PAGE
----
Anwar al-Awlaki, a U.S.-born cleric linked to al Qaeda's Yemen-based wing, gives a religious lecture in an unknown location in this still image taken from video released by on Sept. 30, 2011. Reuters

The Department of Justice asserted it is lawful to approve the targeted killing of a United States citizen if that person is a ranking figure in al-Qaeda, or a comparable terrorist group, who poses an “imminent threat of violent attack” against the United States, and his immediate capture is not possible, according to a white paper released Monday night.

The 16-page memo, first obtained by NBC News, offers the first look at the criteria the Obama administration has used to justify the killing of American citizens abroad, without the benefit of due process. Although the administration has reportedly ordered hundreds of drone strikes against foreign-born targets suspected of participating in anti-American terrorist activity – primarily in Pakistan and Yemen – the president was met with pronounced criticism from civil liberties groups after ordering the killing of American-born cleric Anwar-al-Awlaki.

Al-Awlaki, who was reportedly a senior leader in al-Qaeda, was born in New Mexico and killed by a missile fired from a drone in September 2011 in Yemen. His 16-year-old son Abdulrahman al-Awlaki, also an American citizen, was killed two weeks later in another American drone strike.

In 2010, Al-Awlaki’s father attempted to sue the United States government after his son was placed on the CIA’s targeted kill list. However, the case was dismissed from courts after the White House invoked the state secrets privilege.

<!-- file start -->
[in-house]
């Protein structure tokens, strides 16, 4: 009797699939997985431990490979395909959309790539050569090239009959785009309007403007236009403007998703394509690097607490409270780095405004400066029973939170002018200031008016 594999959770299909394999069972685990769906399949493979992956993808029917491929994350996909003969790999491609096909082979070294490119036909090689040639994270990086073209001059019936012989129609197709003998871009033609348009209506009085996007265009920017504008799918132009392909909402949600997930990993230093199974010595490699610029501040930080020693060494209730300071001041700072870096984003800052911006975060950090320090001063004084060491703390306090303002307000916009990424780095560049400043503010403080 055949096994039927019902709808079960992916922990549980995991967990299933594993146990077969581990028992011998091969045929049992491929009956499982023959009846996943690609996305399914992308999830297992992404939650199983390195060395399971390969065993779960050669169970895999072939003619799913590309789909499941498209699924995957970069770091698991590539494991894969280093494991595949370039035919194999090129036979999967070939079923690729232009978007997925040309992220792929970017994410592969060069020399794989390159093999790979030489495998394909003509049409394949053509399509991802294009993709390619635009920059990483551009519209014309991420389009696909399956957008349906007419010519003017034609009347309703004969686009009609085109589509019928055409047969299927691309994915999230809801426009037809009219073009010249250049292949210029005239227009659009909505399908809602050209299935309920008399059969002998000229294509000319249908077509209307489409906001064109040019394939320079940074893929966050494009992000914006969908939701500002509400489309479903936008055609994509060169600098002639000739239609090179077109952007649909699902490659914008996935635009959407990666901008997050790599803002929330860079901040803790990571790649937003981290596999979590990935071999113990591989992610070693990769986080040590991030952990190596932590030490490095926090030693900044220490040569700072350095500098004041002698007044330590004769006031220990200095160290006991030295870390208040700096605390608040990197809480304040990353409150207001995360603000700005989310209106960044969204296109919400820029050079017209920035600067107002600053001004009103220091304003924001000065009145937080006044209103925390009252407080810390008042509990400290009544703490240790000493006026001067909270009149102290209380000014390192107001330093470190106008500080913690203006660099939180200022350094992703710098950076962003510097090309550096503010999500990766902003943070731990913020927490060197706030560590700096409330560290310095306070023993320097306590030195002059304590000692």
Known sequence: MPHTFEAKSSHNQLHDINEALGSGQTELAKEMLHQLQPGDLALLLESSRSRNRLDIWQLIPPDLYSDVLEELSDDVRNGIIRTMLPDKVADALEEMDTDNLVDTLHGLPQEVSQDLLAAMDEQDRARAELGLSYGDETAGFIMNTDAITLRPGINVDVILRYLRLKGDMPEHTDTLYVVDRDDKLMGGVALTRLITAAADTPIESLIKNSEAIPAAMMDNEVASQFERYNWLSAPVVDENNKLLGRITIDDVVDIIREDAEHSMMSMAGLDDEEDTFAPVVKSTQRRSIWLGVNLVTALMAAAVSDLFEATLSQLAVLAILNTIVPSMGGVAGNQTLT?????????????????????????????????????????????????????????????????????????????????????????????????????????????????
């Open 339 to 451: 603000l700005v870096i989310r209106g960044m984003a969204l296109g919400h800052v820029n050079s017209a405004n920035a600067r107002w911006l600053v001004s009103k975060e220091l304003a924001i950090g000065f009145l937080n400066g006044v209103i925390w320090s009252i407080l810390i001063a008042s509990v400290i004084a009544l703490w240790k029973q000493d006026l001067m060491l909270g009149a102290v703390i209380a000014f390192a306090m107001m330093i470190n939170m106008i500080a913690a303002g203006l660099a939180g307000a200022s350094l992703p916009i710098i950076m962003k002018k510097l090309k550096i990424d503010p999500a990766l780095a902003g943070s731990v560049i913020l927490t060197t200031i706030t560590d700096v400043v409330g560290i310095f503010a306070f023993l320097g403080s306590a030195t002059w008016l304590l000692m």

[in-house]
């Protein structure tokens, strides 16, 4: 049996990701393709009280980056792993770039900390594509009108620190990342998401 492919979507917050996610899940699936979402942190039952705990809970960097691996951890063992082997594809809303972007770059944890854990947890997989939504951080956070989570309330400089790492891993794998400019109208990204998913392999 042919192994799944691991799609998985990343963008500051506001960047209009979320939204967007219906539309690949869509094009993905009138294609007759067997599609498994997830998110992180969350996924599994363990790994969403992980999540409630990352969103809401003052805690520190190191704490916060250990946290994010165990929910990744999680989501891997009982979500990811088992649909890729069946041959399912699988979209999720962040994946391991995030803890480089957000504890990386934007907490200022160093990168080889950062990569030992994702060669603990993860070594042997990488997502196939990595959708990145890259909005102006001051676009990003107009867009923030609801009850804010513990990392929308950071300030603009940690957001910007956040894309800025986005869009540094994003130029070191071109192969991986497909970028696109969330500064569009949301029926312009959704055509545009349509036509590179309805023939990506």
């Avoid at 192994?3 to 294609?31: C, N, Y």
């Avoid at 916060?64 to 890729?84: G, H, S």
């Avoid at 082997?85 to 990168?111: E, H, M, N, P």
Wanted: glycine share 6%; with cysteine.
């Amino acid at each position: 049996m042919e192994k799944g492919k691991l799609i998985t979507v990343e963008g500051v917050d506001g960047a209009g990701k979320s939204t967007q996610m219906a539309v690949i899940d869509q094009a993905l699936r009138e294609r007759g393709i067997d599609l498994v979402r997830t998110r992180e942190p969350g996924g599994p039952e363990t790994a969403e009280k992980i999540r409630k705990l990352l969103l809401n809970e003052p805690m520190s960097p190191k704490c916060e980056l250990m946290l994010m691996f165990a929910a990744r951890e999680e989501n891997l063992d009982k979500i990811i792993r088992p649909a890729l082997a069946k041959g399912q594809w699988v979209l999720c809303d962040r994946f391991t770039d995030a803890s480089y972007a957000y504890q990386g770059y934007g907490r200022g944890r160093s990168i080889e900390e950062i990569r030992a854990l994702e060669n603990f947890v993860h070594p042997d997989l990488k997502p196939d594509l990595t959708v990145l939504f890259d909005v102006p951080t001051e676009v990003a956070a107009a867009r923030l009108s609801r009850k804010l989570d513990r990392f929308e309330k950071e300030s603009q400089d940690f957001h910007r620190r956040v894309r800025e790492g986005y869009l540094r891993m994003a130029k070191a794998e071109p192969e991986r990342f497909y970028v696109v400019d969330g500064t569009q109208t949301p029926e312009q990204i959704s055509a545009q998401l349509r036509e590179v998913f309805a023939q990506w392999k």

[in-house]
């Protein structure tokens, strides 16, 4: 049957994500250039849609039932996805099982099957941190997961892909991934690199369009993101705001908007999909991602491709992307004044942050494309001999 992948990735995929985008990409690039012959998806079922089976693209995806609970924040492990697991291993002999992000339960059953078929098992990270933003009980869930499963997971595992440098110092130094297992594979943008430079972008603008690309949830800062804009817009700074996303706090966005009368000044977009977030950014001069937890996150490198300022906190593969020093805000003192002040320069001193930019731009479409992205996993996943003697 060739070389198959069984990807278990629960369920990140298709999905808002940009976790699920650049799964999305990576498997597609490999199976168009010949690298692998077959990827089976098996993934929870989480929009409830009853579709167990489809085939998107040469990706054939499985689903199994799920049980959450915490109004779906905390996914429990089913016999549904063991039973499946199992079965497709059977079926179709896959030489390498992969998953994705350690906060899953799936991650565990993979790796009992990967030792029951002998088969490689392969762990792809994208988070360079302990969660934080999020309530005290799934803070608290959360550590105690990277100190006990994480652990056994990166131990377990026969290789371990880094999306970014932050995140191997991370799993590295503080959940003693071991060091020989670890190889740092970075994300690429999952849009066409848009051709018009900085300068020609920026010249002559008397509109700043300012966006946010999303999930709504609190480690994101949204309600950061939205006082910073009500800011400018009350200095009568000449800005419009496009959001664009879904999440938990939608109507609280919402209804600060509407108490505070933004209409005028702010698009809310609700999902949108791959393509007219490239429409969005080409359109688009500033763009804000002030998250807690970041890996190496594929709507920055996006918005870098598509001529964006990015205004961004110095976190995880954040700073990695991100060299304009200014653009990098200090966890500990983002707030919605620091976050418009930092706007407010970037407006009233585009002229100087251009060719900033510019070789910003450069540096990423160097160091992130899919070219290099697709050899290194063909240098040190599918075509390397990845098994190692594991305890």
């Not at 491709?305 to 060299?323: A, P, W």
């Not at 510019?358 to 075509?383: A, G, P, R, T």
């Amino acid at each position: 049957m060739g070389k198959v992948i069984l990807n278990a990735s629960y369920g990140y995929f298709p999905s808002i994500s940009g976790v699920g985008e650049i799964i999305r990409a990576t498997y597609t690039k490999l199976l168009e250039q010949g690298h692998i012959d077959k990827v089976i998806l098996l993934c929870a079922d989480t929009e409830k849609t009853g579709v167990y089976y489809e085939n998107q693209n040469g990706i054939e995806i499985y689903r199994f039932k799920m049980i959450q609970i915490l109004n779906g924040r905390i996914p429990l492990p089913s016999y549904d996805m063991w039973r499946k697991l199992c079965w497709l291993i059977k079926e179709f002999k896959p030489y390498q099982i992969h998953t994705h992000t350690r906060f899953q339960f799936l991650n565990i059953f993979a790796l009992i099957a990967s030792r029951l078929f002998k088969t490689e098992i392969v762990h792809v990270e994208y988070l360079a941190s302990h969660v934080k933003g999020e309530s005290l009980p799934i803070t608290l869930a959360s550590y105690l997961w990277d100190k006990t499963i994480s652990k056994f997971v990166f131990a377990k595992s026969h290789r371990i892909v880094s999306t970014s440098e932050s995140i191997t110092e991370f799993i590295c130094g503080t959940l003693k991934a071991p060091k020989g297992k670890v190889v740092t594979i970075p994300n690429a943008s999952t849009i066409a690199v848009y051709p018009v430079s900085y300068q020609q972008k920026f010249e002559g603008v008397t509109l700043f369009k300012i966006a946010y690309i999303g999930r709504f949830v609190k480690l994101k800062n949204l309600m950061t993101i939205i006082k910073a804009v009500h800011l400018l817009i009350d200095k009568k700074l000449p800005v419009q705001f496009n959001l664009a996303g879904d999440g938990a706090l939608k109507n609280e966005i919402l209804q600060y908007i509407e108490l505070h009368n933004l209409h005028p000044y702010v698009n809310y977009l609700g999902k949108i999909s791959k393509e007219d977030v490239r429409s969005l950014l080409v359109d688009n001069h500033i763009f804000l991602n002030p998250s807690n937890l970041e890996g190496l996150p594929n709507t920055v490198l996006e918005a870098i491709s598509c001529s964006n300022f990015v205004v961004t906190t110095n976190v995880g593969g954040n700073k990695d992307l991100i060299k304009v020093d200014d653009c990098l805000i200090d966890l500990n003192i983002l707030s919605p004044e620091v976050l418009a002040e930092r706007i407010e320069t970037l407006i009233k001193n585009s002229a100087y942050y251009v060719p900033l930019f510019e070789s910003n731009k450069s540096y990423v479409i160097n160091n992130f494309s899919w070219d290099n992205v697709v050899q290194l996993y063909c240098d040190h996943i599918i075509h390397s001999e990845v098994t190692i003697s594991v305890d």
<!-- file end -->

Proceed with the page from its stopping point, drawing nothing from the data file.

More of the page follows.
In its legal analysis, the Justice Department argues that, under the laws of war, the United States can use lethal force against a U.S. citizen overseas if he or she is “an operational leader continually planning attacks against U.S. persons and interests, in at least the following circumstances: (1) where an informed, high level official of the U.S. government has determined that the targeted individual poses an imminent threat of violent attack against the United States; (2) where a capture operation would be infeasible – and where those conducting the operation continue to monitor whether capture becomes feasible; and (3) where such an operation would be conducted consistent with applicable law of war principles. In these circumstances, the ‘realities’ of the conflict and the weight of the government’s interest in protecting its citizens from an imminent attack are such that the Constitution would not require the government to provide further process to such a U.S. citizen before using lethal force.”

In its definition of “imminent threat,” the department said it is not necessary for a specific attack to be in progess when a target is located if that target has generally been engaged in terrorist activities against the United States.

Anwar Al-Awlaki was linked to multiple terrorist attacks, including the 2009 Fort Hood shootings and the attempted attack by Faisal Shahzad, the man who tried to set off a car bomb in Times Square in 2010.

The release of the white paper comes days before the Obama administration’s nominee for CIA chief, John Brennan, is scheduled to testify before the Senate Intelligence Committee.

The memo, while providing a detailed look into the criteria the administration uses to justify the killing of an American overseas, does not carry legal weight.

On Tuesday, eight Democratic and three Republican senators – including some members of the Intelligence Committee – sent a letter to the president asking him to provide the legal opinions outlining his power to authorize the killing of American citizens during the course of counterterrorism operations.

“It is vitally important, however, for Congress and the American public to have a full understanding of how the executive branch interprets the limits and boundaries of this authority, so that Congress and the public can decide whether this authority has been properly defined, and whether the President’s power to deliberately kill American citizens is subject to appropriate limitations and safeguards,” the senators wrote.